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15 Jul 2017
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Summer Activities

Hello Blackcomb Peaks friends,

For those of you who have been to Whistler before, you are very well aware that this village is a Bear smart community and everyone residing in Whistler is familiar with the risks and responsibilities that come with the privilege of living here. The same counts for wildfires, which are a real threat to anyone visiting or living in areas rich in forests. When you look at the current wildfire situation you will see that there are fires happening all over BC, including Whistler, which recently battled a human-caused fire with a crew of more than 50 firefighters. We were watching this from our office base in the upper village where the fire took place, very close to residential areas and bike trails. Thankfully, no one was hurt on this occasion.

We want to do as much as we can to raise awareness about the risks and responsibilities that come with visiting places like Whistler, and we would love it if you would familiarize yourself with the following FIRE SMART PRACTICES.

CAMP FIRES

Before you decide to start a bonfire during the summer months, we encourage you check the current campfire restrictions for Whistler or the area you are in so you can avoid being fined up to $1,150 CAD. But most most importantly, you will avoid putting yourself or others at risk.

NOTE:

If your fire escapes and results in a wildfire, you may be fines anywhere from $100,000 to $1 million and could be sentenced to one year in prison!

CAMPFIRE DEFINITION:

A campfire is defined as a fire no larger than 0.5 metres high and 0.5 metres in diameter. Fires larger than that are considered Category 2 open fires and are illegal if Category 2 open burning prohibitions are in effect.

PREVENT YOUR CAMPFIRE FROM TURNING INTO A WILDFIRE WITH THESE SIMPLE STEPS:

  • Select your campsite and campfire location carefully
  • Remove all leaves, twigs and other flammable material from the area around where you plan to light a campfire
  • Never have a campfire when it is windy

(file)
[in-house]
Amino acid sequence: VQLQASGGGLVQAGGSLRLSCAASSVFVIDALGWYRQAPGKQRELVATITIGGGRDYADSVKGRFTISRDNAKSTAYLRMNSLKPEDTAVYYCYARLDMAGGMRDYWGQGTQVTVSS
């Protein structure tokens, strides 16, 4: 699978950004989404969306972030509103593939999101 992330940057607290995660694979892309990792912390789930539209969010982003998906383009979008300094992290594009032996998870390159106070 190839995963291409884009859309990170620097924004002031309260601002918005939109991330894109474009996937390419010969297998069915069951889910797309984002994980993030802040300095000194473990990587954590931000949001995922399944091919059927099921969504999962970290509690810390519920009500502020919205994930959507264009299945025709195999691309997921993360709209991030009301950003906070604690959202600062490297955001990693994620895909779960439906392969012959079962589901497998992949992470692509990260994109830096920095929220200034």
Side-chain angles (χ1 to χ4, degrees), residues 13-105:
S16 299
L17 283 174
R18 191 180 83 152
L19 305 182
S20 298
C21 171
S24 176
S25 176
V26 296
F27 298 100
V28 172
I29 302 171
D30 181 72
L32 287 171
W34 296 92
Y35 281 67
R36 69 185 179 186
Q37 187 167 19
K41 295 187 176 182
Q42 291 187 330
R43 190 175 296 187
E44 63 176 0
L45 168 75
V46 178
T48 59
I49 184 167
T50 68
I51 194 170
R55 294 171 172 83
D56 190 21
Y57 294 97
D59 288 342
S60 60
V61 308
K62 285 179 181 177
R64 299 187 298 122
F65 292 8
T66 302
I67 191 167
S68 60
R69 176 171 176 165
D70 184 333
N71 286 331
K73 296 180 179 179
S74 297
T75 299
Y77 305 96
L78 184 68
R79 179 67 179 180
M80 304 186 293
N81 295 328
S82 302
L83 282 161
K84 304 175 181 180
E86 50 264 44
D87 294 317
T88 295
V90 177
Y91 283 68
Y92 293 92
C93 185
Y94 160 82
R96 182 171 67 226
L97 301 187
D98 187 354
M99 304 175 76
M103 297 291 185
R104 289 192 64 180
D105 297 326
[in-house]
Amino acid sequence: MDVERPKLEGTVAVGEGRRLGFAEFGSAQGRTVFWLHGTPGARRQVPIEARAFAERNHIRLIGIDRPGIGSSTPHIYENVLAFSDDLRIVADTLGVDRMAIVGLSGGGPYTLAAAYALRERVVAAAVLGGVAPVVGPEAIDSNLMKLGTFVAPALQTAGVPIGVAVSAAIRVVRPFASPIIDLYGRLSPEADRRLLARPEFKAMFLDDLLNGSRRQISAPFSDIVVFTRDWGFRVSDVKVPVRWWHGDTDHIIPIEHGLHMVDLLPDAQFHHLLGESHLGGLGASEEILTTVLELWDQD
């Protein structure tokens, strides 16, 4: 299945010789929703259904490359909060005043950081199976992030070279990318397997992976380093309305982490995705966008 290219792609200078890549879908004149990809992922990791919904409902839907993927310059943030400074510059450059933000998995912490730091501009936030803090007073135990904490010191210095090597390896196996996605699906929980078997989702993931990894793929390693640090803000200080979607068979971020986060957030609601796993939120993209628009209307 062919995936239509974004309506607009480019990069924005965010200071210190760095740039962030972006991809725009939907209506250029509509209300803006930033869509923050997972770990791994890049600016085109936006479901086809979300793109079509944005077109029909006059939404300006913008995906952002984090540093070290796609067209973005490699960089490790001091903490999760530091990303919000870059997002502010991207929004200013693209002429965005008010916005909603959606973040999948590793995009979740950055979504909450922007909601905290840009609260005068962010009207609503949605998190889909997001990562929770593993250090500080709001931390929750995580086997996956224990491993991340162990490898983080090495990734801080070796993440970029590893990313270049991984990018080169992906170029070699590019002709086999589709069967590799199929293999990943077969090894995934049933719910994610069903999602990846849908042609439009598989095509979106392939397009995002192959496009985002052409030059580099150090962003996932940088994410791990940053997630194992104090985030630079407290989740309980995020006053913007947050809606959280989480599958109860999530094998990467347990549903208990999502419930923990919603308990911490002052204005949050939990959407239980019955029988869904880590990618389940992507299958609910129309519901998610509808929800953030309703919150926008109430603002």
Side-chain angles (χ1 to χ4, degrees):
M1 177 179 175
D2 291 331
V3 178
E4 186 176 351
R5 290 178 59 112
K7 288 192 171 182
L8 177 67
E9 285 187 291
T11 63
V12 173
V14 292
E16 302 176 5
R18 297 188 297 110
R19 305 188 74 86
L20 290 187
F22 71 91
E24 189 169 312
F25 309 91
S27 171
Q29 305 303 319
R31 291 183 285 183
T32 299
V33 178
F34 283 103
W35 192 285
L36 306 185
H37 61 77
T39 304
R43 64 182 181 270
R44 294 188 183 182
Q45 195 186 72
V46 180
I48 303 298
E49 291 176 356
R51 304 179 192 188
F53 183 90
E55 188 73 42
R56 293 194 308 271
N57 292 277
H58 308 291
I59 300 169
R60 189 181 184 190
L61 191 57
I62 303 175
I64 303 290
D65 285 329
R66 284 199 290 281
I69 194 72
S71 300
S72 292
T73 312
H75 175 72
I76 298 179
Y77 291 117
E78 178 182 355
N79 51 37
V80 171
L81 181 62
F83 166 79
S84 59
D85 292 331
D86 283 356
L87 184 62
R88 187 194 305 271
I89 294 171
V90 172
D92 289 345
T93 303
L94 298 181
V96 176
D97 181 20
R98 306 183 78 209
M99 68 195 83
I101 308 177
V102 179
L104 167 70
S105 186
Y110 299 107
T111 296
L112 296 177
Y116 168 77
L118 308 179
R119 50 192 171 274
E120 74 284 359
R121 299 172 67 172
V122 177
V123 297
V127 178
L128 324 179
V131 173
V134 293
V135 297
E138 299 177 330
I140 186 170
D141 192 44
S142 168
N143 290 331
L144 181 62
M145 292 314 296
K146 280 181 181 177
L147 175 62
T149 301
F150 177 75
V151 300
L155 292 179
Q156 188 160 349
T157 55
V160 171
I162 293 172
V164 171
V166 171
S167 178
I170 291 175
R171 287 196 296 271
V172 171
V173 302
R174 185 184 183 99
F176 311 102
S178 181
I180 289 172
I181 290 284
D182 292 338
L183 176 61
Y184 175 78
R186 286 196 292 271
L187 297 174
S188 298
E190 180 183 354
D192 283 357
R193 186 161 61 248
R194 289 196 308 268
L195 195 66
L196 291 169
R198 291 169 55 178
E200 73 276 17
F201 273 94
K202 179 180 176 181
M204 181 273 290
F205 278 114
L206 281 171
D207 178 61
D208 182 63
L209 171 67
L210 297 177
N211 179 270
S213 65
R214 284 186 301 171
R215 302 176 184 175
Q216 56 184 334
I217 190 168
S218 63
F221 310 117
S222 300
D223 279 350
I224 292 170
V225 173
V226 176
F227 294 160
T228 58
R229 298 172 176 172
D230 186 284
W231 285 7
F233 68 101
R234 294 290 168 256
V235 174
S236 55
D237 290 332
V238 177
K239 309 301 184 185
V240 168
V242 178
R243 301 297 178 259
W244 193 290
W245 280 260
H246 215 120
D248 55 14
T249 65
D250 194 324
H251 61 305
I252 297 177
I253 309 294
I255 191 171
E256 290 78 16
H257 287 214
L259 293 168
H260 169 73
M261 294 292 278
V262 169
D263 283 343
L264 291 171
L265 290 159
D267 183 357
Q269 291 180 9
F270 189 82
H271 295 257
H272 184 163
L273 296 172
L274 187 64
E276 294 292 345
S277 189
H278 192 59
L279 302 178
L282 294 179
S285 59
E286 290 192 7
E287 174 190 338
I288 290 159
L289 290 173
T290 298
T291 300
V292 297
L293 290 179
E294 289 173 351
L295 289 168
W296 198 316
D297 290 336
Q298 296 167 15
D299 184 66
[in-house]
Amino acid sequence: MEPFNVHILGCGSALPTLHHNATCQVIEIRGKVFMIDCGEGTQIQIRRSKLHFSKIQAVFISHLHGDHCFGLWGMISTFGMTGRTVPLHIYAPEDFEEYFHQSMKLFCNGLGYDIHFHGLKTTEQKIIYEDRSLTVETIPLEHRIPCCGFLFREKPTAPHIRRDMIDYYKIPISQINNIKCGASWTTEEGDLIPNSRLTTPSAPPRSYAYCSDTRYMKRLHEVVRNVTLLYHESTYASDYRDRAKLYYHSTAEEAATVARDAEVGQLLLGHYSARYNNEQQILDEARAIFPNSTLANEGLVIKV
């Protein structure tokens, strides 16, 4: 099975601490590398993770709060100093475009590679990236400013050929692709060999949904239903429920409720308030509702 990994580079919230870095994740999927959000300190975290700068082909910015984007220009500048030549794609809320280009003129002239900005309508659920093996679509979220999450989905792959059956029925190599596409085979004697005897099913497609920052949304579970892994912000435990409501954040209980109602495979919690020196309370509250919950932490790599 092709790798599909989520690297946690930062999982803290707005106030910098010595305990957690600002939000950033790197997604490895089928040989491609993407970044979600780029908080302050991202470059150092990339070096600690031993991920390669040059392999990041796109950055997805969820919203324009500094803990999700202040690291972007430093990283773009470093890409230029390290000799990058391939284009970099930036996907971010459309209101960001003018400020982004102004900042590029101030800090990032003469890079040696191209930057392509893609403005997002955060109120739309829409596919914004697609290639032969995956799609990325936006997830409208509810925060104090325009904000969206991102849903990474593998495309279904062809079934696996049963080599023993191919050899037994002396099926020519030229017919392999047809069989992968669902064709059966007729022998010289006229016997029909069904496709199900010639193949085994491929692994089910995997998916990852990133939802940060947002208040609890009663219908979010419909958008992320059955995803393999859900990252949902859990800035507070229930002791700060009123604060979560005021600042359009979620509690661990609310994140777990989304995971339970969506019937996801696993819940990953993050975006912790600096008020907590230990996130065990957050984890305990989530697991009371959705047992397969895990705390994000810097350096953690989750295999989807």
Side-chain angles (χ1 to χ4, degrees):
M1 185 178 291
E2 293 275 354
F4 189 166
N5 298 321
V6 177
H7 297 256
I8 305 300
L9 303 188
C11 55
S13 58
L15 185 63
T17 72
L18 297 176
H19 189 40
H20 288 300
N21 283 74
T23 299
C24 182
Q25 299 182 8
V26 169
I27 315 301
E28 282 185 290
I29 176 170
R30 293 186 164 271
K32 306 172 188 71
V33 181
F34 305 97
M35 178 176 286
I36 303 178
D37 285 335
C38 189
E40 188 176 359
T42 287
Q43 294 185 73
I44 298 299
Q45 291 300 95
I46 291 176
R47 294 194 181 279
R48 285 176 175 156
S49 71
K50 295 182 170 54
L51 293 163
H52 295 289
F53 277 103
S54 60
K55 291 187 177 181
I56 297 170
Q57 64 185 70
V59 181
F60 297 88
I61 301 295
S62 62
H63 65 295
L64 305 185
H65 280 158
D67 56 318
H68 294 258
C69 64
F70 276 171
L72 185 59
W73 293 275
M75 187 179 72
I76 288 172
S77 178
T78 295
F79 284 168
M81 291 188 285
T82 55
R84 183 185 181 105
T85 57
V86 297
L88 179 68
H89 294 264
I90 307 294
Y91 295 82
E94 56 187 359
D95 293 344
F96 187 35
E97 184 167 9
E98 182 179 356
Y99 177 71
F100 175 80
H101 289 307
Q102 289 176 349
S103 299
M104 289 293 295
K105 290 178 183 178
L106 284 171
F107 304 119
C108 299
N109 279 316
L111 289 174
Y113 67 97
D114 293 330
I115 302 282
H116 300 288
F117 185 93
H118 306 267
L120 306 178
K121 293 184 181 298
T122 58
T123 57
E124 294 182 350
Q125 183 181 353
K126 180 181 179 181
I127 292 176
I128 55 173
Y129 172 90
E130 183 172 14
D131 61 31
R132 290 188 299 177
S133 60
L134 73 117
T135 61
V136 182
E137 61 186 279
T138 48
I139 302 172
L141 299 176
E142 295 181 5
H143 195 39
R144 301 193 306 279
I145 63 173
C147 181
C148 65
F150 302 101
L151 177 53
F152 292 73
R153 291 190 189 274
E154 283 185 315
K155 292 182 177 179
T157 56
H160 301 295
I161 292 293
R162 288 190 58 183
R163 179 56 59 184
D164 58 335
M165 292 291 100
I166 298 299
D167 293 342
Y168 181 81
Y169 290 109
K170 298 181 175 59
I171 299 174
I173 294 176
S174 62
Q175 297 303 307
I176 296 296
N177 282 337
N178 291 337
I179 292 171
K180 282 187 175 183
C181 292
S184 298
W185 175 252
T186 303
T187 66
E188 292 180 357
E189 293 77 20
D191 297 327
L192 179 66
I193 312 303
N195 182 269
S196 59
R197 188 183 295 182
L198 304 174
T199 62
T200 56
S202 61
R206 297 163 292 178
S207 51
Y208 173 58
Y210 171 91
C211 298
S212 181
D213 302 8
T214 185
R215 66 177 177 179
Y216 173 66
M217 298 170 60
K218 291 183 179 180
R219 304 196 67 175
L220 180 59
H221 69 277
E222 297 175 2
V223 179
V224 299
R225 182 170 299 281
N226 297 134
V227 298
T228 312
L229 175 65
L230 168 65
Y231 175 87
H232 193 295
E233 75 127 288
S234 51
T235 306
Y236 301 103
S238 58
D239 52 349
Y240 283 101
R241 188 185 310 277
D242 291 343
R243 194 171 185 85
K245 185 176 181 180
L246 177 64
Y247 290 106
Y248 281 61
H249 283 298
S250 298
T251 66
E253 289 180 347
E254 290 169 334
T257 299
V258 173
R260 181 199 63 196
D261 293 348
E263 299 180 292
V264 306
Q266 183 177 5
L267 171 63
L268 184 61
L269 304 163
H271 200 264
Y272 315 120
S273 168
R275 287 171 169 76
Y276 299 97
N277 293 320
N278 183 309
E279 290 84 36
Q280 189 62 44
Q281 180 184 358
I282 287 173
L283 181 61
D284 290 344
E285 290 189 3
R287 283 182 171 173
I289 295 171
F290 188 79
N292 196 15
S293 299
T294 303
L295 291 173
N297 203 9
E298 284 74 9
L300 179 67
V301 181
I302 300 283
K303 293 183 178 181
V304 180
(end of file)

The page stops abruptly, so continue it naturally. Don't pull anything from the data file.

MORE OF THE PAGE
• Choose a proper fire pit or make a ring of rocks at least 3 metres from trees, shrubs, structures and debris
  • Keep a bucket of at least 8 litres of water close by the fire at all times, and/or a hand tool (such as shovel) to extinguish your campfire before you go to sleep or leave the area for any period of time.
  • To extinguish your campfire, pour plenty of water on the fire and surrounding area, dousing the site of the campfire thoroughly. Stir the campfire until there are no embers and the ashes are cold to the touch.

AND A FEW MORE TIPS:

  • Do not discard smoking material from vehicles. Always use interior ashtrays.
  • Motorized vehicles, particularly All-Terrain-Vehicles (ATV) and dirt bikes, can produce significant amount of heat from their exhaust systems. This heat can be enough to spark a wildfire. Avoid operating any motorized vehicle in tall grass and vegetation when the weather is hot and dry.

USE THIS INSTEAD WHEN THERE IS A CAMPFIRE BAN IN EFFECT:

Some activities and devices are permitted when a campfire ban is in place and some are not. This varies depending on the prohibition itself, check details of the current ban restrictions.

Often, campfire prohibitions still allow the use of CSA-rated or ULC-rated cooking stoves that use gas, propane or briquettes, or of portable campfire apparatus that use briquettes, liquid fuel or gaseous fuel, as long as the height os the flame is less than 15cm tall. HOWEVER, in extreme fire conditions these may also be prohibited. Often, other activities are also prohibited when Category 2 open fire and/or campfire prohibitions are in force. These include:

  • Larger fires (Category 2 & Category 3)
  • Burning barrels and burning cages
  • Fireworks, fire crackers, sky lanterns
  • Binary exploding targets

SUGGESTED FIRE- EVACUATION LIST:

Have you ever wondered what you would take with you if you had to instantly evacuate your area because of a wildfire? Would you be able to think clearly in the middle of such a terrible event? Well, preparation is the key so here we offer a helpful list inspired by the Fire Smart website of what to prepare.

"READY TO GO" EVACUATION LIST:

  • 2 litres of water pr person
  • Non-refrigated food and a manual can opener, plastic / paper plates, cupos and utensils
  • Flashlights and extra batteries
  • Radio with batteries
  • A change of clothes
  • Emergency contact information
  • A number of someone who lives out of town
  • Pet food and supplies for at least 3 days
  • Small first aid kit
  • Personal hygiene items, soap, hand sanitizer, medicines (store you medicines that you usually take near your ready to go kit)
  • Cash (ins small denominations)

WHEN YOU LEAVE, REMEMBER ALSO:

  • Make sure you are safe before assisting others
  • Listen to the radio or television for information from authorities
  • Turn off your home’s water, electricity, gas
  • Post easy to see signs for water and gas shut-off valves, follow your family evacuation plan and bring your “ready to go” kit close to doors and windows

REPORTING A WILDFIRE

Here is a list of questions you can expect the BC Wildfire Team to ask you when reporting a wildfire or irresponsible behaviour:

PHONE:

1 800 663 5555 or *5555 from your cell phone

QUESTIONS BC WILDFIRE TEAM WILL ASK:

Location

i.e. Where is the fire? How far up the hillside?

Size

i.e. Metres? Hectares? Size of a house? Size of a football field?

Rate of spread

i.e. How quickly is the fire spreading?

Fuel

i.e. What is burning? Grass, bushes, trees?

Smoke / flames

i.e. What color is the smoke? Are flames visible?

Threat

i.e. Are there any people or buildings at risk?

Action

i.e. Is anyone fighting the fire?

Photo Credit: Lee Bonfiglio